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Symptoms of TEF and EA

The most common signs of TEF/EA are:

  • Breathing problems
  • Coughing or choking when babies try to swallow

Babies who have TEF only usually have mild coughing or respiratory symptoms when they are feeding. Since many conditions can cause these symptoms, it may take doctors some time to diagnose TEF. Children who have TEF without EA usually have no noticeable symptoms at birth. Doctors usually find TEF several weeks or months after the baby is born. Signs include:

  • Coughing frequently while feeding
  • Frequent lung infections

Babies with TEF/EA may have problems that are not directly caused by the conditions, but are linked to them. Doctors call this the VACTERL association. Each letter stands for a possible problem that is associated with TEF/EA:

  • V = vertebral, problems with the bones in the spine
  • A = imperforate anus, a problem with the way a baby's anus or rectum has formed
  • C = cardiac, problems with the heart
  • TE = tracheoesophageal fistula and esophageal atresia
  • R = renal, or kidney problems
  • L = limb, problems with arms and legs

All babies with TEF/EA will need a series of evaluations to see whether they have any of these other problems.

Tracheoesophageal Fistula and Esophageal Atresia Diagnosis

Sometimes doctors are able to diagnose TEF/EA before your baby is born based on the results of a prenatal ultrasound.

After your baby is born, doctors diagnose TEF/EA by trying to insert a nasogastric tube (NG tube). The tube passes through the baby’s nose, down the esophagus and into the stomach.

In children who have EA, the NG tube hits a blocked end, usually in the mid- chest. Doctors can see this on an X-ray. Usually they need no other diagnostic test.

In children who have both EA and TEF, the X-ray will also show gas in the baby's stomach. Because the esophagus has not formed properly, the only way gas can get into the stomach is through an abnormal channel. So, finding gas in the baby's stomach means the baby has a fistula. Children who have only EA do not show gas in the stomach.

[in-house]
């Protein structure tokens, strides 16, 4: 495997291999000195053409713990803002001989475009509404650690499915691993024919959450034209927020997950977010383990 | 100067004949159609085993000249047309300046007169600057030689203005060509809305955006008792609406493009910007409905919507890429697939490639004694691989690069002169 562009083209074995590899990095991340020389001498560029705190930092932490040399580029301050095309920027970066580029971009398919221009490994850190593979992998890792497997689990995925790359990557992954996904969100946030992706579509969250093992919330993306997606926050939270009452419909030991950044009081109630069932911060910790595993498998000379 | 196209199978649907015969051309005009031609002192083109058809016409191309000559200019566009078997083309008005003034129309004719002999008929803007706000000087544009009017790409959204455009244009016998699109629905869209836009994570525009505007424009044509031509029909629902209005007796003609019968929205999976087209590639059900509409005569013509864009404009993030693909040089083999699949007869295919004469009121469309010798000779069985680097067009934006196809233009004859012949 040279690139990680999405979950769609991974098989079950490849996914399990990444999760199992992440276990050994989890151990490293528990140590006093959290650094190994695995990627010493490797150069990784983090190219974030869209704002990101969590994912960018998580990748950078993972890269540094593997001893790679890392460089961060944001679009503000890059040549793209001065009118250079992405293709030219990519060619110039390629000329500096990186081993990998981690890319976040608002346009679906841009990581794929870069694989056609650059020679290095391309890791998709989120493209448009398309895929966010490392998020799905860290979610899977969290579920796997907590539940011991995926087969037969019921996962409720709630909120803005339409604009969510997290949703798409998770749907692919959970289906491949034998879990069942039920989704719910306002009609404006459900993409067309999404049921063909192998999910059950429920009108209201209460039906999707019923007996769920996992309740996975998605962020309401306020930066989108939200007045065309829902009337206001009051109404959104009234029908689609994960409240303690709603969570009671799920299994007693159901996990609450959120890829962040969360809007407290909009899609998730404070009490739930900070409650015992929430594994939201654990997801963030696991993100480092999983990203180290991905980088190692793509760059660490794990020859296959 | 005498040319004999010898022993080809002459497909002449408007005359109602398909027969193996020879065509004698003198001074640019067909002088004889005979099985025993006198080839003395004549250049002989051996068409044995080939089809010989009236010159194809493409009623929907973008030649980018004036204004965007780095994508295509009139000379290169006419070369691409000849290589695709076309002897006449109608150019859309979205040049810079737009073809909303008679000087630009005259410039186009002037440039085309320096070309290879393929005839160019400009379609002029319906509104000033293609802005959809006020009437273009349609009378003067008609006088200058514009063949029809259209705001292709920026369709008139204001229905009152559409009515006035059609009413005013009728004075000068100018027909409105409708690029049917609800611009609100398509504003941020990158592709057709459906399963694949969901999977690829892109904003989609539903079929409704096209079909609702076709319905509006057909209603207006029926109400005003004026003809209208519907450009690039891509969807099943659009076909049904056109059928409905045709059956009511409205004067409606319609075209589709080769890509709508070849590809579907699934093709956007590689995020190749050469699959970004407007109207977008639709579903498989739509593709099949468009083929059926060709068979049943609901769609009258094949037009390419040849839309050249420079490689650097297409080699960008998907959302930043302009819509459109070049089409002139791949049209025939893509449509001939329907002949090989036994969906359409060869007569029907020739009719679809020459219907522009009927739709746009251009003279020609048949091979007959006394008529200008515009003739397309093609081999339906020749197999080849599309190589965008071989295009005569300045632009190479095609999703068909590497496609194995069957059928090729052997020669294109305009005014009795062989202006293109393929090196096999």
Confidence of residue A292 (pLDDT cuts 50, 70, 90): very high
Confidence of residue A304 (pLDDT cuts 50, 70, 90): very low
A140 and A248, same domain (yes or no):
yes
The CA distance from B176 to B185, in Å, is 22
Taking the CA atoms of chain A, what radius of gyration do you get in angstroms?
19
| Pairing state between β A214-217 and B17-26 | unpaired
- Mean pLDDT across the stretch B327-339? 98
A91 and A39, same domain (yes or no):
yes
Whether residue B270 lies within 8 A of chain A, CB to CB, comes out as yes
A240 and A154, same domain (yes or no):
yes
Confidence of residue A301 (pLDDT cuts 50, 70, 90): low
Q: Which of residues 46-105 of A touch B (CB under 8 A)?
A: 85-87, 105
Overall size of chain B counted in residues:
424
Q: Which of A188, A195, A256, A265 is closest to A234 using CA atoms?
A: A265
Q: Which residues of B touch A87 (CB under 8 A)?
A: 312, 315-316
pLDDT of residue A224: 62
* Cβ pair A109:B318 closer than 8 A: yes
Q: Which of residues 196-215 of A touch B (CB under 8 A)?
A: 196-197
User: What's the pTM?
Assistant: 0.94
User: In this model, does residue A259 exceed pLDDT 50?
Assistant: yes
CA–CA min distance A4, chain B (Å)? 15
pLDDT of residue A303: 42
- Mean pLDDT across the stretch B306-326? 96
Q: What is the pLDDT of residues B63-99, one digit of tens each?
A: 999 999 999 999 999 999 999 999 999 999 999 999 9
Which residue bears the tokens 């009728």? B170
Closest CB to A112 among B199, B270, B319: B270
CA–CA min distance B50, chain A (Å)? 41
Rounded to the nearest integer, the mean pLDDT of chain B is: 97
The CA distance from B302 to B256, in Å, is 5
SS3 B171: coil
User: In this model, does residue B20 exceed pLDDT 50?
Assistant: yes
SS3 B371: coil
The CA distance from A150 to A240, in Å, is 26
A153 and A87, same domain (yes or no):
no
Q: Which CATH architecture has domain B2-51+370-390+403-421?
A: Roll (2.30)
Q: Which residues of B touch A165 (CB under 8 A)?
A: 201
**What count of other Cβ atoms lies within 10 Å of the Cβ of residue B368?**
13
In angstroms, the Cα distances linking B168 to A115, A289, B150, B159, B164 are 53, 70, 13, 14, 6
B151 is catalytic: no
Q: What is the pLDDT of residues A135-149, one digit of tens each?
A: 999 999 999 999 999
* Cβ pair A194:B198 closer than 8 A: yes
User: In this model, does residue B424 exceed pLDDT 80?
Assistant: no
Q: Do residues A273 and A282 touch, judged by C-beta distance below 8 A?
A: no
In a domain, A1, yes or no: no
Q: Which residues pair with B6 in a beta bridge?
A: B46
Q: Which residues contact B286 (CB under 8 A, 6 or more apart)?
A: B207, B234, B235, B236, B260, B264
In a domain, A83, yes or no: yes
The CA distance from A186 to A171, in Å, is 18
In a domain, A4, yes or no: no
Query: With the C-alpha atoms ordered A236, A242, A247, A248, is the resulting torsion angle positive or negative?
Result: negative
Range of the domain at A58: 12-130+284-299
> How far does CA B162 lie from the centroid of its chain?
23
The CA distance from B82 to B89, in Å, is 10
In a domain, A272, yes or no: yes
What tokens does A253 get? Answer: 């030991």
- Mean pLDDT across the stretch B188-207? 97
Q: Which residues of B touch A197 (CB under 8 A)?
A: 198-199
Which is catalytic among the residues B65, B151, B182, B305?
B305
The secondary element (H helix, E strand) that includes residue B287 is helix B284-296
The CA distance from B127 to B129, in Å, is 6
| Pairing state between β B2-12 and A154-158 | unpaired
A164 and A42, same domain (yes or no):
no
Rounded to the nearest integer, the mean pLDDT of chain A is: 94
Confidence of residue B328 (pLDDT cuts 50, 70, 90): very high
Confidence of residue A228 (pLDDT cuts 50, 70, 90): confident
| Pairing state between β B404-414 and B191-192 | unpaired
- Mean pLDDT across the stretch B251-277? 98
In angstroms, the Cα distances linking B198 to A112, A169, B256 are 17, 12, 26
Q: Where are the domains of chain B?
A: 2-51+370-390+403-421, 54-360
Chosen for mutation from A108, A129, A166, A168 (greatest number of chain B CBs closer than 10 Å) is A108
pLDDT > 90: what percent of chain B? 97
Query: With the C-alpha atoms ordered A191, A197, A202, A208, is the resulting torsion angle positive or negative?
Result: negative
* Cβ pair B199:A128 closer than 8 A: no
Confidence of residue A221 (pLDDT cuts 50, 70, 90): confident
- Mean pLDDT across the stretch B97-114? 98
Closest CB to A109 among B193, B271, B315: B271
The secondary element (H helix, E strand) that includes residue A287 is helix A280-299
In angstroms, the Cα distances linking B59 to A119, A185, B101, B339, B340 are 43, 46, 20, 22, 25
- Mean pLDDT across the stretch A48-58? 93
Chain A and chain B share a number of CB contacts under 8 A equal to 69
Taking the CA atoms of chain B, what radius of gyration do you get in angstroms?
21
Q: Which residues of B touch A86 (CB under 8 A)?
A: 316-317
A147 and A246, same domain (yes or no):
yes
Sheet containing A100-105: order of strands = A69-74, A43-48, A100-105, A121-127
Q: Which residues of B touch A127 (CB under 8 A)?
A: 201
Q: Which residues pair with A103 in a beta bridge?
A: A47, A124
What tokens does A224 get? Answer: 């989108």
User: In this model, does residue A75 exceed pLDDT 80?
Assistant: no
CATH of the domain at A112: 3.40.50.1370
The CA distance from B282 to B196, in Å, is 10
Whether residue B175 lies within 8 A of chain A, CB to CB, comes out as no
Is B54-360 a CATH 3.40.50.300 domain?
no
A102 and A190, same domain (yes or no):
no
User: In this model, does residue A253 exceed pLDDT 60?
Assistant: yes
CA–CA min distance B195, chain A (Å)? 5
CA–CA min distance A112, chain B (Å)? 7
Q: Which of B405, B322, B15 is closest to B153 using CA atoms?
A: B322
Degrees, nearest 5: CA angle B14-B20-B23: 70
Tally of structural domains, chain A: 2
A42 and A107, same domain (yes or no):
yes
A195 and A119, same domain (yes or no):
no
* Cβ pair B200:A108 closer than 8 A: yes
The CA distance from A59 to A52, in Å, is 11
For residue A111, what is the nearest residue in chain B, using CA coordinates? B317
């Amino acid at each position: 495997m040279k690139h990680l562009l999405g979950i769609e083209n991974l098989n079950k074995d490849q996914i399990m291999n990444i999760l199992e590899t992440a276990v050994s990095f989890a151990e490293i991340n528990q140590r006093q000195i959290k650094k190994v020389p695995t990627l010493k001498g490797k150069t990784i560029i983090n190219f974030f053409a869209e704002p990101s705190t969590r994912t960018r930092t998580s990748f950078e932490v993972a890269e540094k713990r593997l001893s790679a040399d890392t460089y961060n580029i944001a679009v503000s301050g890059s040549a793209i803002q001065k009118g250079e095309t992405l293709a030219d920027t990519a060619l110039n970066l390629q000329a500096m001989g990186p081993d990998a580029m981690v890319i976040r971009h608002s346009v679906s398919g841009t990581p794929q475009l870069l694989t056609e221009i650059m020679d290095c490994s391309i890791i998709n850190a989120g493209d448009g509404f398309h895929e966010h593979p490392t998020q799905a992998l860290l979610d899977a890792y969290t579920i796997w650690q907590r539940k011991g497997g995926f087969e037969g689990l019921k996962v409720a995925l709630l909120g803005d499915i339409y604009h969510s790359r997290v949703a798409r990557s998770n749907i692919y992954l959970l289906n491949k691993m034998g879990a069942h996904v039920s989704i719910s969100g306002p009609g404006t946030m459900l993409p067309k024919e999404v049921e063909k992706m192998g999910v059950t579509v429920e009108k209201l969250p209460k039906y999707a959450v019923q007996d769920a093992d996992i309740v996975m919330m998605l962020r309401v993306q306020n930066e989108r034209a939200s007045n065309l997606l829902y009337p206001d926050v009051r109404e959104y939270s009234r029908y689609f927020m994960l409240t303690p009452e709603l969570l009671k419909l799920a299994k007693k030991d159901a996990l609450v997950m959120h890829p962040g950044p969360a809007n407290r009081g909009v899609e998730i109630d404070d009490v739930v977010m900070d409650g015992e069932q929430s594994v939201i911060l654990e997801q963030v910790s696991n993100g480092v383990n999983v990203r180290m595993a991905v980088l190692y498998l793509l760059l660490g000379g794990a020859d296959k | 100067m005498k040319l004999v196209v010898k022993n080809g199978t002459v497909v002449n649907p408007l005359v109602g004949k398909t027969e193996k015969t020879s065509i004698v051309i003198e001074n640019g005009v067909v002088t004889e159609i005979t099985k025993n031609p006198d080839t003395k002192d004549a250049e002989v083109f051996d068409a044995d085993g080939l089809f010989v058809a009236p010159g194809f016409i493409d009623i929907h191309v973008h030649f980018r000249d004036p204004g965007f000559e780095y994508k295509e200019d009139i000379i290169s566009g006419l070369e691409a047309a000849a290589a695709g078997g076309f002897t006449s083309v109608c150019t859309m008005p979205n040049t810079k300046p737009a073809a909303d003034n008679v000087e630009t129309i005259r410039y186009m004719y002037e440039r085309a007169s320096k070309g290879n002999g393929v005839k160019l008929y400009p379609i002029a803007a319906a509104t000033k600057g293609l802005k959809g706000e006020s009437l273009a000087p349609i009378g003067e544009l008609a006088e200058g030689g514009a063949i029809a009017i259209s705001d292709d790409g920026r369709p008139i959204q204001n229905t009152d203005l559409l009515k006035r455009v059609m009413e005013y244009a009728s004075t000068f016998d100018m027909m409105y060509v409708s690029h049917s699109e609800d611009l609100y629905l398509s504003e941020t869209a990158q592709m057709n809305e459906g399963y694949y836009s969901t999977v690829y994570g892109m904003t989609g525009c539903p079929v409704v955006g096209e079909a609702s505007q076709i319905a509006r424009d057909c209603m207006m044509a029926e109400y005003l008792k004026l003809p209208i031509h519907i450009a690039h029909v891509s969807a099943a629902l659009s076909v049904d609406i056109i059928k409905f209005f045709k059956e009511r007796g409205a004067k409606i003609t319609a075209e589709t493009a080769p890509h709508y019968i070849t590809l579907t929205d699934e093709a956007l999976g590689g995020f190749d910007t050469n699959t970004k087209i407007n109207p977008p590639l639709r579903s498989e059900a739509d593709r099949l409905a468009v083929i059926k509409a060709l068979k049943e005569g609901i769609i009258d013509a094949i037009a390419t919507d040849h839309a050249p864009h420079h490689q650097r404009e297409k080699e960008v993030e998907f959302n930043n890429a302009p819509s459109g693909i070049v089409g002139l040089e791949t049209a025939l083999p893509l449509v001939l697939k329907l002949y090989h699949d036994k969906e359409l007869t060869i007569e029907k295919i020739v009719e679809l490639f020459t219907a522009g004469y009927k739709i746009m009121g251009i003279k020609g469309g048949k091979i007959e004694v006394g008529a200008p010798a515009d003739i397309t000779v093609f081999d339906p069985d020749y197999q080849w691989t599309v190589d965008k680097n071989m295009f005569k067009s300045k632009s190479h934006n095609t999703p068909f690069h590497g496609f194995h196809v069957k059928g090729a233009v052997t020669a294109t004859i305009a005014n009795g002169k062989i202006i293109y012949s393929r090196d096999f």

To find TEF without EA, doctors sometimes use special tests:

  • Barium swallow test. The doctor asks your child to swallow a chalky liquid called barium and takes X-rays. The barium helps the digestive tract show up on X-rays.

Babies who have TEF/EA need tests and treatment to check for other problems that are linked to the conditions. They may need:

  • X-rays to check for spinal problems
  • Ultrasound of the heart (echocardiogram, or ECHO) to check for heart problems
  • Kidney ultrasound and possibly other tests of their kidneys
  • X-rays to check for problems with arms and legs
  • Treatment for problems with the way the anus is formed (imperforate anus).

If your baby has any of these problems, your baby's doctor will explain any tests or treatment they need.

Who Treats This at Seattle Children's?

Should your child see a doctor?

Find out by selecting your child’s symptom or health condition in the list below:

Summer 2014: Good Growing Newsletter

In This Issue

  • Understanding the Power and Influence of Role Models
  • Legal Marijuana Means Greater Poisoning Risks for Children
  • Why Choose Pediatric Emergency Care?

Download Summer 2014 (PDF)